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Research Project: Preventing the Development of Childhood Obesity

Location: Children's Nutrition Research Center

Title: Changes in toddler diet quality in a family wellness program: A pilot randomized control trial

item LEDOUX, TRACEY - University Of Houston
item CEPNI, ALIYE - University Of Houston
item TAYLOR, ASHLEY - University Of Houston
item CRUMBLEY, CHRISTINE - University Of Houston
item Thompson, Deborah - Debbe
item OLVERA, NORMA - University Of Houston
item O'CONNOR, DANIEL - University Of Houston
item MORAN, NANCY - Children'S Nutrition Research Center (CNRC)

Submitted to: Annals of Behavioral Medicine
Publication Type: Abstract Only
Publication Acceptance Date: 11/14/2019
Publication Date: 5/1/2020
Citation: Ledoux, T., Cepni, A., Taylor, A., Crumbley, C., Thompson, D.J., Olvera, N., O'Connor, D.P., Moran, N.E. 2020. Changes in toddler diet quality in a family wellness program: A pilot randomized control trial. Annals of Behavioral Medicine. 54(Suppl 1):S303.

Interpretive Summary:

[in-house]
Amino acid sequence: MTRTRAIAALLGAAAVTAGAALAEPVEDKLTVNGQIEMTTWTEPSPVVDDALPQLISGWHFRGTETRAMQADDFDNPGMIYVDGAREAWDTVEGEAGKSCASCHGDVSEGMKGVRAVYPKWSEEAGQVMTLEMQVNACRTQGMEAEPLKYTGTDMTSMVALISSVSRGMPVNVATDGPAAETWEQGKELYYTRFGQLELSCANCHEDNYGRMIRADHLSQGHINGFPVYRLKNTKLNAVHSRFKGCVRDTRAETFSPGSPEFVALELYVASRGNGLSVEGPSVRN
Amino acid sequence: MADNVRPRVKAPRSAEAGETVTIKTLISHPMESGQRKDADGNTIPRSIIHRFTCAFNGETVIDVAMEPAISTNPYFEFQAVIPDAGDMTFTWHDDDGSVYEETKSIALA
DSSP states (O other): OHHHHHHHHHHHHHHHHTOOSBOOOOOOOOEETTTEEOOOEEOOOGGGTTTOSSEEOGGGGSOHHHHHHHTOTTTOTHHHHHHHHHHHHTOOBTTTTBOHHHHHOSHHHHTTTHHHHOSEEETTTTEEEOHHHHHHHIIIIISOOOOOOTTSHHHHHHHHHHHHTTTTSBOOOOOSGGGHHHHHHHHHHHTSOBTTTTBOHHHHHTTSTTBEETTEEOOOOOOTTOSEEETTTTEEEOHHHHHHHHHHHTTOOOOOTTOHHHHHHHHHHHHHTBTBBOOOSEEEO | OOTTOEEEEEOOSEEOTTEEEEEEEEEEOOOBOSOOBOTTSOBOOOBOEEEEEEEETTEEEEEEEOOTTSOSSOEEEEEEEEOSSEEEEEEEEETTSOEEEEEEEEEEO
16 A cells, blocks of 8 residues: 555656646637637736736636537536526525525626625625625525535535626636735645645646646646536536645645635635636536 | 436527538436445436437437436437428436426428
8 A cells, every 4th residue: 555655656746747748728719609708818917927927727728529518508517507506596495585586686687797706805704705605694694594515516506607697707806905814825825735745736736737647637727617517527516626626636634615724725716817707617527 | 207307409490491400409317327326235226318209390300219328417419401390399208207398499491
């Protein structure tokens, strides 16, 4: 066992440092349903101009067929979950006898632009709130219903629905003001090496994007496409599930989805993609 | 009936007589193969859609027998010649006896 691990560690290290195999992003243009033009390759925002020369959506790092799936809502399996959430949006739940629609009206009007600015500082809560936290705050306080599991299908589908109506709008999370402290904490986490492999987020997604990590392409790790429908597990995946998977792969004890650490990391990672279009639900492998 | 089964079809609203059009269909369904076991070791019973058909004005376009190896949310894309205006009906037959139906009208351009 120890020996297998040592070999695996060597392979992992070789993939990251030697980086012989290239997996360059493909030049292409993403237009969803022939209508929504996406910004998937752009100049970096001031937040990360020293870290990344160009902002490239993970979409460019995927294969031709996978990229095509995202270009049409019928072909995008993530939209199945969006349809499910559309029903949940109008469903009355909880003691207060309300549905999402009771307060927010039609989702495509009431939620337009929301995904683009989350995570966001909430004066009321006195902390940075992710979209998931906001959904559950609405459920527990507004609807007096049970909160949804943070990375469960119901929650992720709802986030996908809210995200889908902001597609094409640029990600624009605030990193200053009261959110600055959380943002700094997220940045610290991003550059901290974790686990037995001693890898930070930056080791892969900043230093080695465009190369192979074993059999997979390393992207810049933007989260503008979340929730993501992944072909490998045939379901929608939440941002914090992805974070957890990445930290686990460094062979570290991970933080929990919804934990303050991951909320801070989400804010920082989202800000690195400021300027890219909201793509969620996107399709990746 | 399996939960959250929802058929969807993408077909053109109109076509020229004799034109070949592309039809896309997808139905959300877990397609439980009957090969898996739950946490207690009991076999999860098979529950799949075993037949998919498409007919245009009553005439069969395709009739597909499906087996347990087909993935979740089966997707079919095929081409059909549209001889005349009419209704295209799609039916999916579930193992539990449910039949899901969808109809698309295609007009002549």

Technical Abstract: Poor diet quality increases the risk of obesity, diabetes, heart disease, and some types of cancers. Diet habits begin to develop in early childhood and track through the lifespan. Thus, there is a need to design wellness programs to help toddler age children (i.e., 12-36 months) develop lifelong healthy eating habits from the start. The purpose of this study was to determine the preliminary effect of a family wellness program on fruit and vegetable (FV), snack, and sugar sweetened beverage (SSB) intake among toddlers. Families with toddlers (12-36 months) were recruited from the community and randomly assigned to an experimental wellness program called the Families Understanding Nutrition and Physically Active Lifestyles (FUNPALs), Playgroup or a usual care program called the Healthy Toddler Parent Group (HTPG). The FUNPALs Playgroup, largely based on Social Cognitive Theory and Family Systems Theory, aimed to improve toddler diet by helping parents to create a healthy home environment for the toddlers. FUNPALs Playgroup behavior change strategies included facilitator modeling and experiential learning delivered within a playgroup setting, which included the children. The HTPG aimed to improve toddler diet by teaching parents dietary recommendations for toddlers through facilitator instruction and group discussion within a parent group setting. Childcare was provided for HTPG participants. Both groups met 10 weekly sessions and completed pre (T1) and post program (T2) measurements. Snacks and SSB intake were assessed with the Kids Bite Food Frequency Questionnaire (FFQ), which has been validated for preschool age children (Aquilar et al., 2014). FV intake was assessed with the Kids Bite FFQ and with skin carotenoid intensity measured by non-invasive reflection spectroscopy, which is a biomarker of intake of carotenoid rich FV. Repeated measures ANOVA's were conducted to test group differences on FV, SSB, and snack intake and determine effect sizes of effects. The sample (n=50) comprised toddlers (Mage=27 months, 58% males) and parents (Mage=31.7 years, 84% female), who identified as either predominantly Non-Hispanic white (44%), Hispanic/Latino (38%), and/or African American (32%). There was a time by group interaction effect on SSB intake [Wilk’s Lambda=.802, F(1,36)=8.87, p=.005] indicating a greater decrease in SSB consumption from T1 to T2 among FUNPALs Playgroup toddlers when compared to HTPG toddlers. There was a main effect of time on skin carotenoid concentration levels [Wilk's Lambda=.864, F(1,33)=5.206, p=.029]. Both groups showed increased skin carotenoid concentrations from T1 to T2. Per Cohen (1988), the group by time interaction effect on SSB consumption (partial eta squared=.20) and the main effect of time on skin carotenoid intensity (partial eta squared=.14) represent large effects. No interaction or main effects on parent-report (FFQ) snack or FV consumption were found. This study provides preliminary evidence that a family wellness playgroup program may have a large positive effect on toddler diet quality. The next step in this research is to test the FUNPALs Playgroup in a fully powered RCT.